Ex-Fortnite, Call of Duty Developers Raise $21M for NFT Game Big Time
This year’s non-fungible token (NFT) market boom has been headlined by the sale of original artwork, NBA video highlights, and other digital odds and ends, but in-game NFT items in blockchain-driven games have also surged in value and attention. Ethereum-based games like Axie Infinity, The Sandbox, and Sorare have been some of the biggest beneficiaries to date.
Now, an upstart game development studio anchored by industry veterans aims to make a big splash in the crypto gaming market—a “Big Time” splash, if you will. The startup’s name is Big Time Studios and its first game is Big Time, an Ethereum-based, PC online role-playing adventure that lets players battle together and amass valuable loot and rewards.
Big Time will launch into early access in early 2022, and as VentureBeat reports, the fantasy role-player begins “at a school at the end of time” run by Albert Einstein. Players will quest together through time and historical battles as they seek adventure and rare NFT items. The items will be purely cosmetic in nature, rather than impacting or benefiting gameplay in any potential “pay-to-win” manner.
Big Time Studios has big-time cash riding behind the endeavor, too. The team has raised a $10.3 million Series A funding round led by FBG Capital, with participation from Digital Currency Group, OKEx Blockdream Ventures, Ashton Kutcher’s Sound Ventures, Alameda Research, and more. Additionally, the startup is currently closing an $11 million fund to invest in other firms that tap into its technology and platform.
The 25-person team is staffed with veterans of the traditional game industry who have worked at giants like Epic Games, Electronic Arts, and Riot Games, and contributed to such hit franchises as Fortnite, Call of Duty, League of Legends, and Gears of War.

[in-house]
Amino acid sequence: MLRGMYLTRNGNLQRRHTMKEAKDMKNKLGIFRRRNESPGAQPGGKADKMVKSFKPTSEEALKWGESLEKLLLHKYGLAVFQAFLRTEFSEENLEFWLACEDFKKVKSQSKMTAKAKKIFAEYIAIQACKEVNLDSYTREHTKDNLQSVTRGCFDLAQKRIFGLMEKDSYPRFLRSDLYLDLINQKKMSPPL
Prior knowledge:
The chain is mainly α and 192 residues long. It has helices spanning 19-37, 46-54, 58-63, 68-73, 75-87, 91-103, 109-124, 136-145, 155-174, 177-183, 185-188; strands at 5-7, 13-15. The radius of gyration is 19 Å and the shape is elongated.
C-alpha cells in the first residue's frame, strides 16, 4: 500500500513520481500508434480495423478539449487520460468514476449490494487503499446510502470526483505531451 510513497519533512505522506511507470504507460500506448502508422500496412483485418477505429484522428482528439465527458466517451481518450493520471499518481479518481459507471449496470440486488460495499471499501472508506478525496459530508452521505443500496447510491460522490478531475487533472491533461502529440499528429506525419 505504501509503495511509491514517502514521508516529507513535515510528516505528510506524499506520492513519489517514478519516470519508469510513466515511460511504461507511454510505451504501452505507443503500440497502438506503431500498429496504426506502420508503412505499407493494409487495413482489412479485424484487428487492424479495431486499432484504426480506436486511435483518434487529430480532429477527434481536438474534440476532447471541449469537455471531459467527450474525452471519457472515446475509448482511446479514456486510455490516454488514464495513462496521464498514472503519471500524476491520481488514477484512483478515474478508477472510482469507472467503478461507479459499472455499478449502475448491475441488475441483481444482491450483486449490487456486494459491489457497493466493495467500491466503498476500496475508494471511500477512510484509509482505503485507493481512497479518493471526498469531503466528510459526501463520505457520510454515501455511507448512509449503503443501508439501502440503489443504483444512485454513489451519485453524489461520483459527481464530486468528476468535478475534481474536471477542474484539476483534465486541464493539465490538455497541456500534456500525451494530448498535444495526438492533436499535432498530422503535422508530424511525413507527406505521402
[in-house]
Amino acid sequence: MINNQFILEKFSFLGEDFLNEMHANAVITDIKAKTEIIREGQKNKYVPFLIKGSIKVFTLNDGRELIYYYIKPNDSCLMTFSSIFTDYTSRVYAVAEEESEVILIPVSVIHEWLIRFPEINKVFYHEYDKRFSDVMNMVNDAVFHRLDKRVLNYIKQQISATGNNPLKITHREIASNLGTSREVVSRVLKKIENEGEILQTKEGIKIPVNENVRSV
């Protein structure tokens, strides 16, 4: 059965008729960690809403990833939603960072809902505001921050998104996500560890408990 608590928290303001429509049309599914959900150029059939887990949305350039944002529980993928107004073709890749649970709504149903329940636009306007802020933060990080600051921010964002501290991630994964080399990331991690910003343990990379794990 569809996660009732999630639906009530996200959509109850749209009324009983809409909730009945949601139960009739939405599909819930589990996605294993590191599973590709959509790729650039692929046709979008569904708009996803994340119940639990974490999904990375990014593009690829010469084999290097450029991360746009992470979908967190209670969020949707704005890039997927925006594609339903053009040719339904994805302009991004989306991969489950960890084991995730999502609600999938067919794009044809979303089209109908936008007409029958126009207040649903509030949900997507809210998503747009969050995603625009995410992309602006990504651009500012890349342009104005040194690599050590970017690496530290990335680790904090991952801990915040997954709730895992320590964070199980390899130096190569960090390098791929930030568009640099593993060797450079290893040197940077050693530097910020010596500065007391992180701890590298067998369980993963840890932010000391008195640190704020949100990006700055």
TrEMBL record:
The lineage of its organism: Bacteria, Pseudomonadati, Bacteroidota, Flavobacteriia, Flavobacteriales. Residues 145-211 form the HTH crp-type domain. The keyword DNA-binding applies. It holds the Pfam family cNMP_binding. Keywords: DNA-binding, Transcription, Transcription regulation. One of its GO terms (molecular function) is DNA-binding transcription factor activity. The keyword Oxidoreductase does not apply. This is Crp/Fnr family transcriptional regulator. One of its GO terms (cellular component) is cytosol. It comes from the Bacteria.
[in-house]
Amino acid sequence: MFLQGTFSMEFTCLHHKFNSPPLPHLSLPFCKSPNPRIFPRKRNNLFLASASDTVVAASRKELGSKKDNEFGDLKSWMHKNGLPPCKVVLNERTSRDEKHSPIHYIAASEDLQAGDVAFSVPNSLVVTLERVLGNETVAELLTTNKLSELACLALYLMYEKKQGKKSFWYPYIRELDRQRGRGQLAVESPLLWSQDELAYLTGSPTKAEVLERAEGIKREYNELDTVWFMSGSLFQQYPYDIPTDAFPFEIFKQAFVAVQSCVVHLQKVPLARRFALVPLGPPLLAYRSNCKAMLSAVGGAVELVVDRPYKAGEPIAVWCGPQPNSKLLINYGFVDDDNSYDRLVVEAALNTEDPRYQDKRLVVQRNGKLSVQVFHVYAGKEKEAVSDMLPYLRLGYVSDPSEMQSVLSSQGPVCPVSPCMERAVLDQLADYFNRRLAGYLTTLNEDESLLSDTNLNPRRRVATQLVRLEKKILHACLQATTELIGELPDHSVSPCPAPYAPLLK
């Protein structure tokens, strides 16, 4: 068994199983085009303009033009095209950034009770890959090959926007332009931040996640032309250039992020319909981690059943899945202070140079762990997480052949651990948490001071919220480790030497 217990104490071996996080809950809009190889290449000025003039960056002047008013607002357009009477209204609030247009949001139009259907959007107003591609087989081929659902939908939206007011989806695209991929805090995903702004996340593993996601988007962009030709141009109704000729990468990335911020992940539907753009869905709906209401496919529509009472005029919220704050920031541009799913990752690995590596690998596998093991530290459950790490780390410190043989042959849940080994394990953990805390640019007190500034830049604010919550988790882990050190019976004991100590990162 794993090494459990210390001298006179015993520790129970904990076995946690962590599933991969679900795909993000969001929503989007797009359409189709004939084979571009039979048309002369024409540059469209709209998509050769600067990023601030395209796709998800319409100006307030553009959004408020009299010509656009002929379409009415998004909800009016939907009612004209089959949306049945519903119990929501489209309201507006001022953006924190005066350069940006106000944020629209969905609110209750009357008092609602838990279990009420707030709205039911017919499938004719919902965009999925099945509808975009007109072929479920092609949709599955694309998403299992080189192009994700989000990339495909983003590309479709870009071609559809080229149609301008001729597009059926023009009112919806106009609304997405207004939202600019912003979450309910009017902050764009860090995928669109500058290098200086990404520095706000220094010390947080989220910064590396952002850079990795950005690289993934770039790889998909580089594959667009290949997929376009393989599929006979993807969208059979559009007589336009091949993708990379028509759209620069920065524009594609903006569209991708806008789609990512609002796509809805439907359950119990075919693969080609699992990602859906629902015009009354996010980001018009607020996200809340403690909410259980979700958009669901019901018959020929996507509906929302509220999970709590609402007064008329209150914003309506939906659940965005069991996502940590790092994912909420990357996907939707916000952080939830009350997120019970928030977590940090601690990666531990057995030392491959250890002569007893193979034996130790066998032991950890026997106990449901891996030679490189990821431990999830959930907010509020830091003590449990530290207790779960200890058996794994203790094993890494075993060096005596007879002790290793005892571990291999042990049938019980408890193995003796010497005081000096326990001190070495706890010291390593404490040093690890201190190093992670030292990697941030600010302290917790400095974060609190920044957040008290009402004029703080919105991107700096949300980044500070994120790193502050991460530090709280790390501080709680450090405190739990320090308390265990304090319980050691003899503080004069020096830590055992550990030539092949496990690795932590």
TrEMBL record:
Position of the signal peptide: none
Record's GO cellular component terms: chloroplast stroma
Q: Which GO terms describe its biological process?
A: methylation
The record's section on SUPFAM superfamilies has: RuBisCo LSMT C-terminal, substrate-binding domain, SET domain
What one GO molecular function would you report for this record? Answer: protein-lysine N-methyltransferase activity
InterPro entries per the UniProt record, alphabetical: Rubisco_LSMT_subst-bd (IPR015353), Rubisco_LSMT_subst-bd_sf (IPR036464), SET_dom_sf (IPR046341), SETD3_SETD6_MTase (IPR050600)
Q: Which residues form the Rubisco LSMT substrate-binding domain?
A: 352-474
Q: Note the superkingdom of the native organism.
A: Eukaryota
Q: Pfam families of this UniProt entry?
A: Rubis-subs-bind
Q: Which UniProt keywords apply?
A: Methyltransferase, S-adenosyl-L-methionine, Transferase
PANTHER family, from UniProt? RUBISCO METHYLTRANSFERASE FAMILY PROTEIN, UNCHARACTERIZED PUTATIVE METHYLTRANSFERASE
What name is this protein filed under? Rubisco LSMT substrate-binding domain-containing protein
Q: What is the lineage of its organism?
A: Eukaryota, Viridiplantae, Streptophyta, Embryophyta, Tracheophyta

However, Big Time Studios is led by someone who has experience in the crypto games scene. CEO Ari Meilich helped spearhead NFT-driven gaming as a co-founder of Decentraland, an Ethereum-based open-world sandbox experience. He departed after the game went under the governance of a decentralized autonomous organization (DAO), but remains an advisor.
One key difference with Big Time Studios’ approach to NFT-driven gaming is a simplified and potentially user-friendlier approach to asset custody and management. Rather than let players manage their own NFTs and remain responsible for their safe-keeping, Meilich told VentureBeat that Big Time will host wallets and hold onto their assets in an off-chain custody system. Players will be able to bring assets on-chain into the game as desired.
“There’s no more risk of people losing their private key,” Meilich said, “which is a problem that I’ve encountered repeatedly with Decentraland, where people will spend hundreds or thousands of dollars, and they will be very upset because they lost the private key. And there was really nothing we could do on our end to help.”
That’s a big shift compared to most crypto games, but having users be hands-off may allow them to reap the benefits of an in-game economy without the potential roadblocks and hazards of handling one-of-a-kind digital assets in external wallets. According to the report, Big Time Studios is open to building in the capability to allow users to withdraw in-game assets to their own wallets, but only if significant demand surfaces.
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